Canadian Cyclist

 

February 18/15 18:47 pm - World Record and 3 Titles Awarded on First Day of Track Championships


Posted by Editoress on 02/18/15
 

The 2015 UCI Track World Championships opened in St-Quentin-en-Yvelines, France, on Wednesday with a world record time set, plus a win for the host nation.

Canada had a third place in Women's Team Pursuit qualifying, keeping them in the hunt for a medal ride tomorrow, when they go up against Great Britain in the second round of racing.  A win would put the team of Allison Beveridge, Jasmin Glaesser, Kirsti Lay and Steph Roorda in the gold medal final, while a third or fourth overall in the second round would put them into the bronze medal race.




"The time was close to what we were shooting for," said Roorda, "we might be a little bit disappointed because we were hoping to maybe get a couple of more seconds.  But it's the fastest we've gone [at sea level].  First would have been best, but we can still get into the gold medal round with third."

Germany's Stephanie Pohl was the dominant rider of the Points Race, taking a lap on the field and winning two intermediate sprints for a total of 38 points.  Japan's Minami Uwano finished second with 28 points and Kimberly Geist of the United States won the bronze medal with 25 points.  Canada did not have a rider entered.

Pohl, who finished second at last year's world championships, said "I felt really good, much better than last year. I was able to get a lap and then made sure no one else got away. This year my family is here and I am so happy to win for them."

China is a perennial favourite in the Team Sprint, winning four silver and two bronze medals in the past eight years, but this year was the one where they finally took gold.  After qualifying second to European champions Russia, the Chinese team of Jinjie Gong and Tianshi Zhong put together a world record run in the gold medal final, knocking 0.119 seconds off the time of defending champion Germany.  Australia took the bronze medal ahead of Germany.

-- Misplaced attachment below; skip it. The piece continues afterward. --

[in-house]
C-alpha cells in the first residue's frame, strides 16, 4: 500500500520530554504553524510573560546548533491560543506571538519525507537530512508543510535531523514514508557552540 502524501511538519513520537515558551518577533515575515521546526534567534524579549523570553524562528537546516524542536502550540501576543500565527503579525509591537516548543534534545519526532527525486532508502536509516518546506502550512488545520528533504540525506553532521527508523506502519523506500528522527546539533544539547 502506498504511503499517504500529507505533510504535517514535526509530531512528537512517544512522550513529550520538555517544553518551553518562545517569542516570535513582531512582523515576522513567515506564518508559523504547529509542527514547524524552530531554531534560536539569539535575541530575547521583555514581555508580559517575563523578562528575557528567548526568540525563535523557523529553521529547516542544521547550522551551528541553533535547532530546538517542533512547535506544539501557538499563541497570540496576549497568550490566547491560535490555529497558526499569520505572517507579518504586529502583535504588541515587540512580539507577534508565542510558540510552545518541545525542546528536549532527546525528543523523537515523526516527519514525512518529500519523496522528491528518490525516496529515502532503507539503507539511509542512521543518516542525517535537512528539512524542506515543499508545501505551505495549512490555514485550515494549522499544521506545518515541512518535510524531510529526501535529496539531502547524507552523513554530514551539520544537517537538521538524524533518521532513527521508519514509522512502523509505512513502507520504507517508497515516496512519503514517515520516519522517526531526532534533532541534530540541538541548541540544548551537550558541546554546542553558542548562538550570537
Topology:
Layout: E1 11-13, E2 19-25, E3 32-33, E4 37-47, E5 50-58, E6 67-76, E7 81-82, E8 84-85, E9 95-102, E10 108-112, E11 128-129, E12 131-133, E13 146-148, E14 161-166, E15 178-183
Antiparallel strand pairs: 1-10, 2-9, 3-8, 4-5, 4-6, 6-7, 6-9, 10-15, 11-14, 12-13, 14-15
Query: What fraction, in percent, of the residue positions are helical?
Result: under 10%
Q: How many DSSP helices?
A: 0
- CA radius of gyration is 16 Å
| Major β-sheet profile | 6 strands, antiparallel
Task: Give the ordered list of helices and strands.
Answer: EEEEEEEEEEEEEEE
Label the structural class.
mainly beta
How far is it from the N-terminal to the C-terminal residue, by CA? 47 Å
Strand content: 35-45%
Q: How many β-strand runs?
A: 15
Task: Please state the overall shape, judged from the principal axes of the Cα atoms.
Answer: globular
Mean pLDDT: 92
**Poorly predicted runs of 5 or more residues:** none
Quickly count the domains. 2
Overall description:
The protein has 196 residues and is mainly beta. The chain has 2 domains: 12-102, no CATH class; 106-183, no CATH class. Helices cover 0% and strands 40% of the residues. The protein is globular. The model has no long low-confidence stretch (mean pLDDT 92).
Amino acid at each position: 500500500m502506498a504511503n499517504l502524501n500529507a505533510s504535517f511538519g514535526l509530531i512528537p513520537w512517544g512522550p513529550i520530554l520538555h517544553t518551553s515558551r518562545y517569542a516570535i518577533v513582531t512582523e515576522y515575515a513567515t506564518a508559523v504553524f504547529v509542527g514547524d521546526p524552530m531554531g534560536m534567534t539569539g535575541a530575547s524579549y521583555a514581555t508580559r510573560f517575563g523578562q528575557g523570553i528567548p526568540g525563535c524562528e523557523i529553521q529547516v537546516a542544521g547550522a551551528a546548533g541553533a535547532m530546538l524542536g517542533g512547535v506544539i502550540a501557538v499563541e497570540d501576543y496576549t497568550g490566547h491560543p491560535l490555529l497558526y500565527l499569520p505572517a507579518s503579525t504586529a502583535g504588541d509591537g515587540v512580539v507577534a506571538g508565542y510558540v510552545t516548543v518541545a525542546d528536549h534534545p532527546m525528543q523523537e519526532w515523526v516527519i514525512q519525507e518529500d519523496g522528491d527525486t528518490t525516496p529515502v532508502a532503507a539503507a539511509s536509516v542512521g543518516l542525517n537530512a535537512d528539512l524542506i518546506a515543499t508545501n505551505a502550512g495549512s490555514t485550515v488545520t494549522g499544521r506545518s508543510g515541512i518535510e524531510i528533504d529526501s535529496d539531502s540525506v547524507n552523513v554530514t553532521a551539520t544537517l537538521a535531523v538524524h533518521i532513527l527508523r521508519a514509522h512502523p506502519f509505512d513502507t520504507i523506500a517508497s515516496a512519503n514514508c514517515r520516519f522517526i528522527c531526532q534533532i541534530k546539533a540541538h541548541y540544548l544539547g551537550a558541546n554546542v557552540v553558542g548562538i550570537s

Canada's team of Monique Sullivan and Kate O'Brien set a second fastest ever Canadian time at sea level, at 34.994 seconds for 12th place, with O'Brien making a fast transition from racing the Bobsleigh World Cup last weekend.


 

"I wasn't super happy with the ride," O'Brien admitted.  "I felt a bit off in the start, so it's something I have to work on.  But I think Monique rode really well, and it's exciting to be able to come to Worlds in my first year."

The men's Team Sprint saw some drama, with first place qualifier and defending champion New Zealand initially beating France in the gold medal race, only to get relegated to the silver medal after it was determined they made an exchange between the first and second rider outside of the transition zone.  The disappointment of the Kiwis was palpable when the building erupted in cheers after the relegation was announced, and the French team of Gregory Bauge, Kevin Sireau and Michael d'Almeida were declared the winners.  Germany defeated Russia to take the bronze medal.

"It's amazing.  Incredible," said Bauge.  "We knew nothing about the change. Maybe 10 minutes after the finish we are told 'you are World Champion', I guess because of the rules?  It is a good start for Team France. Good for the public, good for the team. Tomorrow is another race [Keirin]. I hope I can get a medal."

The Canadian men's team of Hugo Barrette, Joe Veloce and Evan Carey also had a promising result, knocking six-tenths of a second off their previous best sea level time to finish 13th.

 

 

"It feels pretty good going 44.4 [seconds]," agreed Barrette, "six-tenths better than our last sea level record.  It's inspiring for what's to come.  We're still a development team, and Evan Carey, a rookie, did the best he could and we are really pleased with the improvement we have made."

The action continues on Thursday, with the final round of the Team Pursuit for women and men, the Men's Keirin, Women's 500 metre Time Trial and the Men's Scratch Race.

 

Day 1 results